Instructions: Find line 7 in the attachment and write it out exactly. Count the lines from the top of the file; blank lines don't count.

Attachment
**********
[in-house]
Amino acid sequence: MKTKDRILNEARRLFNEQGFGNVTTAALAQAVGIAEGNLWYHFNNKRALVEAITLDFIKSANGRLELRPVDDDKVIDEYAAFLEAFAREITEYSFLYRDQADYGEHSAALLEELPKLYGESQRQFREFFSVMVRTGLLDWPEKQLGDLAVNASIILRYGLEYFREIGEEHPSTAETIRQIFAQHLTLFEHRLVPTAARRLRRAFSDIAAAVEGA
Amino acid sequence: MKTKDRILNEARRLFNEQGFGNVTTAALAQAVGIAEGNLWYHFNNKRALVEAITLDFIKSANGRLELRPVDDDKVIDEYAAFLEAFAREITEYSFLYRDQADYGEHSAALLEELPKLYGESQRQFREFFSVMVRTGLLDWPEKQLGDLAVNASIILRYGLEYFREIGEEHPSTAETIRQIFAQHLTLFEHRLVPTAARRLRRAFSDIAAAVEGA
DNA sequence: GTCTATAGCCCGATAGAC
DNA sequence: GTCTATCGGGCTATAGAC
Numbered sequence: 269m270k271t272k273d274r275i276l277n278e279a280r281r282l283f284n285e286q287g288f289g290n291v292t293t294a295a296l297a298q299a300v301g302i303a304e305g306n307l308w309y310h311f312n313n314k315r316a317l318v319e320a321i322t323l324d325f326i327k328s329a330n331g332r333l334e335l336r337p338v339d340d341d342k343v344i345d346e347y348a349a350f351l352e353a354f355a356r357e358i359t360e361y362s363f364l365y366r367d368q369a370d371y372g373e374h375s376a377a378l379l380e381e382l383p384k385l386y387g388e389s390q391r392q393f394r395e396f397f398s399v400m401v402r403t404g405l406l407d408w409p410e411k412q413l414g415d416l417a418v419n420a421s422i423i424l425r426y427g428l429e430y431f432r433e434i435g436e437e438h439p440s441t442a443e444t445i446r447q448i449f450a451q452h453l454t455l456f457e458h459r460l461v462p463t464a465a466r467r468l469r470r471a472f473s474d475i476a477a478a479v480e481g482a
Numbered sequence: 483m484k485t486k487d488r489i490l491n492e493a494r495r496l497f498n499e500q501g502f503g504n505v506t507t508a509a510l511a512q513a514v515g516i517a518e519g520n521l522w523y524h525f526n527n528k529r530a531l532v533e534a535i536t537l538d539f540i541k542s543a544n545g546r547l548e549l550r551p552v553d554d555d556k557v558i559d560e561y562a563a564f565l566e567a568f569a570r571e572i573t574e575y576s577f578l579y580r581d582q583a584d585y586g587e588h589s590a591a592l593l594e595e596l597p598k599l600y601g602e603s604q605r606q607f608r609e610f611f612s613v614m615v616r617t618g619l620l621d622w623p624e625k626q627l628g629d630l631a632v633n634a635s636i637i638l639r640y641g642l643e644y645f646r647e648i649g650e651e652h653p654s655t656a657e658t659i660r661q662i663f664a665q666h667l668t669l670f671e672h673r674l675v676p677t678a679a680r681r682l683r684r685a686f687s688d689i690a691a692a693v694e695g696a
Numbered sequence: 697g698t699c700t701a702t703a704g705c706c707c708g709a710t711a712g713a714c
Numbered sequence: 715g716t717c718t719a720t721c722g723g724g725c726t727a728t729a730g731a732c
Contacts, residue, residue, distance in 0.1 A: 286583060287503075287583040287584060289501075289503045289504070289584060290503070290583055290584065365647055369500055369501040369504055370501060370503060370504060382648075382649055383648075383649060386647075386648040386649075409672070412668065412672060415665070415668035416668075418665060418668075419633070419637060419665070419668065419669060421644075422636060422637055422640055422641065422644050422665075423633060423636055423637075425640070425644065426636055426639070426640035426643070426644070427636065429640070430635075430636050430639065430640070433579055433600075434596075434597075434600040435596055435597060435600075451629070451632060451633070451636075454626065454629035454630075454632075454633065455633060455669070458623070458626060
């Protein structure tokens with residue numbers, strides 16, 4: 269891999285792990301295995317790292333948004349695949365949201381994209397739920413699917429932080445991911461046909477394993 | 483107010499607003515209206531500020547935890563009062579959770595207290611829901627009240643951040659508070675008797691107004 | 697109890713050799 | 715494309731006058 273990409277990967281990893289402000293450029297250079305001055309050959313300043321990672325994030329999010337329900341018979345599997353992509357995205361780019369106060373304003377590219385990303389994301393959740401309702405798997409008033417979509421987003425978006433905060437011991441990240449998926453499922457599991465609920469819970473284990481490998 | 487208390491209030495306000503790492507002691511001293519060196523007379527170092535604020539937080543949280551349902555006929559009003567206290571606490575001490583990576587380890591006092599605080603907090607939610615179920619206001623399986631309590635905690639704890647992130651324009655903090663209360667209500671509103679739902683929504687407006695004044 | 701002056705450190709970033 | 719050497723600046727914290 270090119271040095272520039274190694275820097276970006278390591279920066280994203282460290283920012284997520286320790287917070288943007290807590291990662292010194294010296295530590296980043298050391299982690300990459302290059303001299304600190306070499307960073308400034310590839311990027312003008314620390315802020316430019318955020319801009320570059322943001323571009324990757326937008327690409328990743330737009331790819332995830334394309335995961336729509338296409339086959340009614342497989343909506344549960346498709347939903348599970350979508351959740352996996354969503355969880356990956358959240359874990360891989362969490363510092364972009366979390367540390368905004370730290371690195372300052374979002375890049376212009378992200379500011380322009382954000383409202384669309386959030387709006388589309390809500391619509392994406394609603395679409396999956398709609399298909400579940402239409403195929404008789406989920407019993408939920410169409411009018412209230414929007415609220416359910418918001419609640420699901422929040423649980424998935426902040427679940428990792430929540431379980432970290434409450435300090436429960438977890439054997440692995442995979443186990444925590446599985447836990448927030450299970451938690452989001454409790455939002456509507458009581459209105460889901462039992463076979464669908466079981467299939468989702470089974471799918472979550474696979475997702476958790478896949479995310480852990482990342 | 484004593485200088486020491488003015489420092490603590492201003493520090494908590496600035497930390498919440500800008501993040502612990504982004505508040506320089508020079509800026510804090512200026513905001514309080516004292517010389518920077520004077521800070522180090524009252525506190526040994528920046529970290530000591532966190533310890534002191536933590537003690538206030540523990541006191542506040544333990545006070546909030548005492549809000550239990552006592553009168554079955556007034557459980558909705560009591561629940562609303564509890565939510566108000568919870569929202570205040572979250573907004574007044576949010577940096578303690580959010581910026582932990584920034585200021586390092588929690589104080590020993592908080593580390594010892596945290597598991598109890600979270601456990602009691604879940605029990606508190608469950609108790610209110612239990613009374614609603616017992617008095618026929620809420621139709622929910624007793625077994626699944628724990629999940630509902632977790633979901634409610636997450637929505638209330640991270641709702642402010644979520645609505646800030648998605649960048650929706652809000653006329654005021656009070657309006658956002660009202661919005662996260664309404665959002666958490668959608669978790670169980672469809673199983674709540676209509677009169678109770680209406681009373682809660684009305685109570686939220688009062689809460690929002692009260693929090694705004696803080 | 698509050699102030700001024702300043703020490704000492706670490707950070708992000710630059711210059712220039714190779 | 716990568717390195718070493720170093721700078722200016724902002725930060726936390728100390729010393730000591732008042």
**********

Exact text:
Numbered sequence: 483m484k485t486k487d488r489i490l491n492e493a494r495r496l497f498n499e500q501g502f503g504n505v506t507t508a509a510l511a512q513a514v515g516i517a518e519g520n521l522w523y524h525f526n527n528k529r530a531l532v533e534a535i536t537l538d539f540i541k542s543a544n545g546r547l548e549l550r551p552v553d554d555d556k557v558i559d560e561y562a563a564f565l566e567a568f569a570r571e572i573t574e575y576s577f578l579y580r581d582q583a584d585y586g587e588h589s590a591a592l593l594e595e596l597p598k599l600y601g602e603s604q605r606q607f608r609e610f611f612s613v614m615v616r617t618g619l620l621d622w623p624e625k626q627l628g629d630l631a632v633n634a635s636i637i638l639r640y641g642l643e644y645f646r647e648i649g650e651e652h653p654s655t656a657e658t659i660r661q662i663f664a665q666h667l668t669l670f671e672h673r674l675v676p677t678a679a680r681r682l683r684r685a686f687s688d689i690a691a692a693v694e695g696a